Many years ago, when the Catholic magazine Triumph existed and I was one of its editors, Malcolm Muggeridge stopped by our Washington offices one day. Several of us joined him for drinks on the rooftop terrace of the nearby Washington Hotel.
Muggeridge, who had introduced Mother Teresa to the world with his best-selling book about her, was not yet a Catholic but on his way. He was, above all, a man of ideas. He ventilated several memorable ones that afternoon. There is one in particular that comes to me now. He told us his greatest fear was that the West would descend into a “new Dark Age with the technology intact.”
The memory of Muggeridge’s expressed fear arises after four days of looting and burning (as these lines were written in real time) in major cities of England, including London. At the same time, the phenomenon of “flash mobs” of looters is spreading in the U.S. along with growing law-enforcement concerns over it.
(As when a “flash mob” recently ransacked a clothing store in downtown Washington, local media may report it, but since the looters so far have always been black, national media have largely ignored the phenomenon, which is why you may not have heard of it or know it is a nationwide problem. Staying politically correct matters more to the media than reporting the news.)
The mobs in England are multiracial. Yet they have one thing in common with the American “flash mobs”: technology. In both England and the U.S. social networks have been the means for gathering the barbarians and setting them off on their rampage.
That word — barbarians — was carefully chosen. These “youths” (as the media call them) know nothing of civilization. They do not read. The “music” to which they listen is not music. In fact, they can’t stand these and other civilized activities. They hate them.
Here’s proof: When bands of “youths” began to gather at a downtown Metro train station in Washington, fighting one another and harassing and attacking Metro riders, authorities solved the problem by piping in classical music! It drove out the barbarians.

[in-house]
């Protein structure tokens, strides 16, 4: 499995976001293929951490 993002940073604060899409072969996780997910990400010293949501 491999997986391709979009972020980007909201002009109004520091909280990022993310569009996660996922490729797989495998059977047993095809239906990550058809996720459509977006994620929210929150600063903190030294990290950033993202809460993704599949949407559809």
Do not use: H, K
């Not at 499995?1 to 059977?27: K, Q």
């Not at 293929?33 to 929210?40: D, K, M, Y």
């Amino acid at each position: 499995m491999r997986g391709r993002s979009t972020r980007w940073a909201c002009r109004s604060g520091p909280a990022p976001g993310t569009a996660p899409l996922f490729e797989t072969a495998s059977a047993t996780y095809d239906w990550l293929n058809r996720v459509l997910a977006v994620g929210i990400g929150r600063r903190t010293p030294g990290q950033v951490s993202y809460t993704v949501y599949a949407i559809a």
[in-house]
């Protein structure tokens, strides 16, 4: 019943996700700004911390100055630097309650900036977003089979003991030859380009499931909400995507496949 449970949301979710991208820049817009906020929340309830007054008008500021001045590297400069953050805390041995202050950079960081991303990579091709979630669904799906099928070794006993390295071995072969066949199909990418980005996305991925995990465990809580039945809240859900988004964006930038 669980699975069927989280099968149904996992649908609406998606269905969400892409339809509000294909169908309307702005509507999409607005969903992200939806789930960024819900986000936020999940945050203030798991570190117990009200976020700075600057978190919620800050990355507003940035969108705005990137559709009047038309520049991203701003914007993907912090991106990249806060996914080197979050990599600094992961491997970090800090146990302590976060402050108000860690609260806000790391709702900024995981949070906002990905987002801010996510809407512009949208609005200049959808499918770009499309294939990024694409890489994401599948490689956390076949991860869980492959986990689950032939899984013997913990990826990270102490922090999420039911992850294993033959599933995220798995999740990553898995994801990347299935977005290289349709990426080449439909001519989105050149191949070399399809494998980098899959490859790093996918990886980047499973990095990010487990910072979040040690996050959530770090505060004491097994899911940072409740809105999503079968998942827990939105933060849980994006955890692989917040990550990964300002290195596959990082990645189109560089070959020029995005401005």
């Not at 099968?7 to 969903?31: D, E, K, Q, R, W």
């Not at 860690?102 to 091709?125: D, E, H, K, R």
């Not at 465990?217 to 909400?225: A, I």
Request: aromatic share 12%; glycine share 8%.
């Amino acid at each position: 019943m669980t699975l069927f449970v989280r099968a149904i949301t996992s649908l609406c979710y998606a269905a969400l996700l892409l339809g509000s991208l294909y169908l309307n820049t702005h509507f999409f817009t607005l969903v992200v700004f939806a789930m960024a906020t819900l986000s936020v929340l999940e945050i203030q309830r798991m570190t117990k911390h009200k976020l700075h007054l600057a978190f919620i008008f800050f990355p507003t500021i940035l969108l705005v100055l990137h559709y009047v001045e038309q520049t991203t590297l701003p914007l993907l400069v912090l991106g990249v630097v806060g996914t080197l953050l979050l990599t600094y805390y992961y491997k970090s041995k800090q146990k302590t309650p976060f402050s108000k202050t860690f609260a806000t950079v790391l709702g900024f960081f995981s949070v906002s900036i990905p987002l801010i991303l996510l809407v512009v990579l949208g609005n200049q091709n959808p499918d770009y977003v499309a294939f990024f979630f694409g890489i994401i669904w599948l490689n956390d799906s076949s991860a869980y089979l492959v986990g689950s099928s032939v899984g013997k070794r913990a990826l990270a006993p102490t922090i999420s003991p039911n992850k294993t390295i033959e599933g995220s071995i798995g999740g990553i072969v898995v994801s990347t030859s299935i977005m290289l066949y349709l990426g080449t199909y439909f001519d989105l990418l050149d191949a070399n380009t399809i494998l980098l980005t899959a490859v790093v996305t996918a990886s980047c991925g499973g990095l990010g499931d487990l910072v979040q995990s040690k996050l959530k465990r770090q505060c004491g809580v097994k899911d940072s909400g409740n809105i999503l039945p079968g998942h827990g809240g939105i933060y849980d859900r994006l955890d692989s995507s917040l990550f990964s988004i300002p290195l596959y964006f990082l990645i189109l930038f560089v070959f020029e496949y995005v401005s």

If that strikes anyone as somehow amusing, reflect on what it must mean that human beings cannot bear to hear Mozart. It means not simply that they aren’t civilized. It says they are beyond the reach of civilization.
That they are is because they have no moral anchor. Yes, everyone comes into this world with the capacity for learning what is right from wrong, but morality itself — knowing it is wrong to loot and burn and kill — has to be taught. Teaching it is first of all the task of parents, but they need reenforcement by the larger society, and society itself is no longer anchored to anything except whichever “values” (instead of the Christian standards of yore) it recognizes at the moment.
(There is a difference between Christian standards and “values”. For instance, by the Christian standard life is always sacred, but since 1973 it has had no “value” in this country if it is that of the unborn.)
What we are talking about here is education in the true sense of the word. All anybody knows about today is teaching knowledge and skills. That is not education.
Unfortunately, if our barbarians are beyond the reach of civilization, they still have their Blackberries. As a result, the guess in this corner is that what we’re seeing in America and England (and in Europe) could be the rise of the barbarians at merely its beginning. The police may be able to limit their depredations for the time being, but because the barbarians are not at the gates but already within the city, sterner measures imposed by a stronger force, like the military, could one day soon be needed. Of course there will be a corresponding further loss of individual liberty (further than has already been the case), and since everybody is held to be equal in a democracy, we’ll all feel that.
When we do — when the constraints of civilization must be replaced by the rule of force, and not simply in the U.S. but also England and Europe — it will be a new Dark Age for the West with remaining ordinary decent folk huddled together around the homes of the rulers and the rich behind high walls and barricades.
Let us pray that this time around, as before (and if the worst really comes to pass) there will be some monks here and there keeping alive the memory of past civilization and whose communities can serve once again as centers for its renewed spread.